In the shadow of blue and yellow trucks moving garbage to a landfill and compost factory nearby, two women walk up and down a dusty path at the edge of a closed landfill in Niagara Falls, sweeping the air for bees and flies with big white nets. Their pockets are filled with test tubes where they stow away honey bees, beetles and other unidentified pollinator bugs they catch.
Kiera Newman and Julianne Oliveira sweep the site every other Wednesday for four hours, in one-hour increments, and send the bugs to a research lab at the University of Guelph to be identified and recorded.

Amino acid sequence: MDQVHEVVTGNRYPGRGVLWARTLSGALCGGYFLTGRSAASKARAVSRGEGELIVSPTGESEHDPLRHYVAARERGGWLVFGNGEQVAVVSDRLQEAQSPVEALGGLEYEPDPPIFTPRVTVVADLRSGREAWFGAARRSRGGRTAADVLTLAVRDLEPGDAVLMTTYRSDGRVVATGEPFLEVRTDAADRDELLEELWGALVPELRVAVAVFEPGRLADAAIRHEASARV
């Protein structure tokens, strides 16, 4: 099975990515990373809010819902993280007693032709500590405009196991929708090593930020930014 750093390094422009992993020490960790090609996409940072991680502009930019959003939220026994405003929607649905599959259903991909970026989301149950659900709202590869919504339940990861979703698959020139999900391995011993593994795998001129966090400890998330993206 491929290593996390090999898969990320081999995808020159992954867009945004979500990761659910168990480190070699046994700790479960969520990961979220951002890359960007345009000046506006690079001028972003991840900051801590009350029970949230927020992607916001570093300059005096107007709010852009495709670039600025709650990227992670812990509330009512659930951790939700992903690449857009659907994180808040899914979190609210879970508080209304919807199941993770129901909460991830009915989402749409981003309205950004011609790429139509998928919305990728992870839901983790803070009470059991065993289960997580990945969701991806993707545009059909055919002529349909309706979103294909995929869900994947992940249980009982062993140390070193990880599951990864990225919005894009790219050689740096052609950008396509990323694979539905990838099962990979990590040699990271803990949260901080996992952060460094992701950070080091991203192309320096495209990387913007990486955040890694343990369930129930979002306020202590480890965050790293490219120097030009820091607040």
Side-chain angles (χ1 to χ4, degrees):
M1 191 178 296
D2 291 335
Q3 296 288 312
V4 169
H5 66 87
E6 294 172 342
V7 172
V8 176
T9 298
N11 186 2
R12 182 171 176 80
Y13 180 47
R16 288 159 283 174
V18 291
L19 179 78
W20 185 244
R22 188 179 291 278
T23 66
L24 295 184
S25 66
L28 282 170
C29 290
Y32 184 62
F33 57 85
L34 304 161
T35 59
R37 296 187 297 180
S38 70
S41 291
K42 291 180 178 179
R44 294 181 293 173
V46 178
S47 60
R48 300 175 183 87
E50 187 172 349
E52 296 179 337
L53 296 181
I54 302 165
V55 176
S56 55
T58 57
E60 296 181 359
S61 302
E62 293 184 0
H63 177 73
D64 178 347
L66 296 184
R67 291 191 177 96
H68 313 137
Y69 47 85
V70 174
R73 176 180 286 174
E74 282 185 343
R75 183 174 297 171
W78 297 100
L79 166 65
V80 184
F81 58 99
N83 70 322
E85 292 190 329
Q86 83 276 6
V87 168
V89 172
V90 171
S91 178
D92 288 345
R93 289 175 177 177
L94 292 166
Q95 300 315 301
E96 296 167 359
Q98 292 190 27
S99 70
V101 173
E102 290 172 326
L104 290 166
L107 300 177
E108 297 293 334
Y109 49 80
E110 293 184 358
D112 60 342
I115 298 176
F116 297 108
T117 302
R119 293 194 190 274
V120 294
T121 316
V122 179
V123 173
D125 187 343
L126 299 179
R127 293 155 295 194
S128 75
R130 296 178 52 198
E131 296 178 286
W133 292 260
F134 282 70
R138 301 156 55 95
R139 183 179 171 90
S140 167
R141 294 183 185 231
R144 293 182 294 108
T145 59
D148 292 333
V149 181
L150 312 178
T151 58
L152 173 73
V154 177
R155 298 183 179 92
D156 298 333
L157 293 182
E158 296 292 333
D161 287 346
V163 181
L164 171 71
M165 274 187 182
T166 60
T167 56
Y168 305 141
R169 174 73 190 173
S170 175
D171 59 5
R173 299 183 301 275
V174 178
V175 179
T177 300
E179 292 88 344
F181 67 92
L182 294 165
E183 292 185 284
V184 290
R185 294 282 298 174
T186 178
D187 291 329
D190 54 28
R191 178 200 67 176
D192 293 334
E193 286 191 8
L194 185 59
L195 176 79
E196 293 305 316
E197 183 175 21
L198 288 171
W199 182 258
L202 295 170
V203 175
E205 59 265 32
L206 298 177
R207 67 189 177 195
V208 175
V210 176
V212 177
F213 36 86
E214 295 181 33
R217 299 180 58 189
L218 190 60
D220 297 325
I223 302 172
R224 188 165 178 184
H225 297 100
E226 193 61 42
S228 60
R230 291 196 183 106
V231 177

Newman, a professor at Niagara College, and her student Oliveira are members of Eastern Canada’s first commercial beekeeping program. The three-semester program, which started in January 2017, coincides with the normal life cycle of a honey bee.
Their research at Walker Industries — the company that owns the landfill they sweep — is part of a pre-assessment to convert 20 hectares of the almost 70 hectares of landfill land into pollinator farms and help to restore pollinator habitat and conserve pollinating species.
“We’ll be able to see what happens before the bee hives are put in and before they plant their pollinator gardens and crops,” Newman said. “By next year we’ll be able to see how the pollinators are reacting.”